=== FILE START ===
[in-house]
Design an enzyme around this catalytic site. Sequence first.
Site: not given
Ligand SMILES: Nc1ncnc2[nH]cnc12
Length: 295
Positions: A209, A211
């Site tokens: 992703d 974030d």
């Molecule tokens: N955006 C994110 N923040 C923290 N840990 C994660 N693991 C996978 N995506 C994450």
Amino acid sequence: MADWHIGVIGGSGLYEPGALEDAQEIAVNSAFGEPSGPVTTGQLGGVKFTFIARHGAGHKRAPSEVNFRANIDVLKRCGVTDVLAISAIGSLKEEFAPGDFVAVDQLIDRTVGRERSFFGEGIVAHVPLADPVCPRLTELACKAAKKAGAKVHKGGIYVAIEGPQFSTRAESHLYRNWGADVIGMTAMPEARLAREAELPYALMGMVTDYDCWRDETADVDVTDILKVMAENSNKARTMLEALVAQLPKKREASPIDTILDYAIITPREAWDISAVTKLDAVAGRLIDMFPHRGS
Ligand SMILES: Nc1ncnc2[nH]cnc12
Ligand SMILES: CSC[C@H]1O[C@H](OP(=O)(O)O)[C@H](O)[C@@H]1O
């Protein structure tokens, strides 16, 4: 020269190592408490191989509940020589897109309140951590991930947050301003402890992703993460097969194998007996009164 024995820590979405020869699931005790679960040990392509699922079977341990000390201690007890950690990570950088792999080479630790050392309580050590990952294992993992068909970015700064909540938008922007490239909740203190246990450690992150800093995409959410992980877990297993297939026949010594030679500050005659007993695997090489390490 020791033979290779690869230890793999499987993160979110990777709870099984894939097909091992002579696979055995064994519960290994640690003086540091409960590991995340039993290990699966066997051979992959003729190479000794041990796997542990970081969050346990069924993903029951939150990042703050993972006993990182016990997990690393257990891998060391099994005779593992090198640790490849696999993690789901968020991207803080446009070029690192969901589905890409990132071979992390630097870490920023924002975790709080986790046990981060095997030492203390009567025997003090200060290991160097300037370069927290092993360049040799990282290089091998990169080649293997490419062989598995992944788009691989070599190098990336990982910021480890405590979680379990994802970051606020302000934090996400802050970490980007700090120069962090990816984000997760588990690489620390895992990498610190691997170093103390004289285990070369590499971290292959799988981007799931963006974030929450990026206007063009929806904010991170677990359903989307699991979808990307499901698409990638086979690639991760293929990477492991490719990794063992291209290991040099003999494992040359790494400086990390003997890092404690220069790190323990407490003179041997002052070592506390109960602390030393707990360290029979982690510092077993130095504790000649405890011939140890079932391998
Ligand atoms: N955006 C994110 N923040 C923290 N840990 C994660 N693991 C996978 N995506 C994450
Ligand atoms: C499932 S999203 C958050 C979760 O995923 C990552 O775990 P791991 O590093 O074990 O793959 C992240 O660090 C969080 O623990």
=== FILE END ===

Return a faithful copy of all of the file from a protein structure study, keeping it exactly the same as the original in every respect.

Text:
[in-house]
Design an enzyme around this catalytic site. Sequence first.
Site: not given
Ligand SMILES: Nc1ncnc2[nH]cnc12
Length: 295
Positions: A209, A211
């Site tokens: 992703d 974030d």
């Molecule tokens: N955006 C994110 N923040 C923290 N840990 C994660 N693991 C996978 N995506 C994450």
Amino acid sequence: MADWHIGVIGGSGLYEPGALEDAQEIAVNSAFGEPSGPVTTGQLGGVKFTFIARHGAGHKRAPSEVNFRANIDVLKRCGVTDVLAISAIGSLKEEFAPGDFVAVDQLIDRTVGRERSFFGEGIVAHVPLADPVCPRLTELACKAAKKAGAKVHKGGIYVAIEGPQFSTRAESHLYRNWGADVIGMTAMPEARLAREAELPYALMGMVTDYDCWRDETADVDVTDILKVMAENSNKARTMLEALVAQLPKKREASPIDTILDYAIITPREAWDISAVTKLDAVAGRLIDMFPHRGS
Ligand SMILES: Nc1ncnc2[nH]cnc12
Ligand SMILES: CSC[C@H]1O[C@H](OP(=O)(O)O)[C@H](O)[C@@H]1O
């Protein structure tokens, strides 16, 4: 020269190592408490191989509940020589897109309140951590991930947050301003402890992703993460097969194998007996009164 024995820590979405020869699931005790679960040990392509699922079977341990000390201690007890950690990570950088792999080479630790050392309580050590990952294992993992068909970015700064909540938008922007490239909740203190246990450690992150800093995409959410992980877990297993297939026949010594030679500050005659007993695997090489390490 020791033979290779690869230890793999499987993160979110990777709870099984894939097909091992002579696979055995064994519960290994640690003086540091409960590991995340039993290990699966066997051979992959003729190479000794041990796997542990970081969050346990069924993903029951939150990042703050993972006993990182016990997990690393257990891998060391099994005779593992090198640790490849696999993690789901968020991207803080446009070029690192969901589905890409990132071979992390630097870490920023924002975790709080986790046990981060095997030492203390009567025997003090200060290991160097300037370069927290092993360049040799990282290089091998990169080649293997490419062989598995992944788009691989070599190098990336990982910021480890405590979680379990994802970051606020302000934090996400802050970490980007700090120069962090990816984000997760588990690489620390895992990498610190691997170093103390004289285990070369590499971290292959799988981007799931963006974030929450990026206007063009929806904010991170677990359903989307699991979808990307499901698409990638086979690639991760293929990477492991490719990794063992291209290991040099003999494992040359790494400086990390003997890092404690220069790190323990407490003179041997002052070592506390109960602390030393707990360290029979982690510092077993130095504790000649405890011939140890079932391998
Ligand atoms: N955006 C994110 N923040 C923290 N840990 C994660 N693991 C996978 N995506 C994450
Ligand atoms: C499932 S999203 C958050 C979760 O995923 C990552 O775990 P791991 O590093 O074990 O793959 C992240 O660090 C969080 O623990």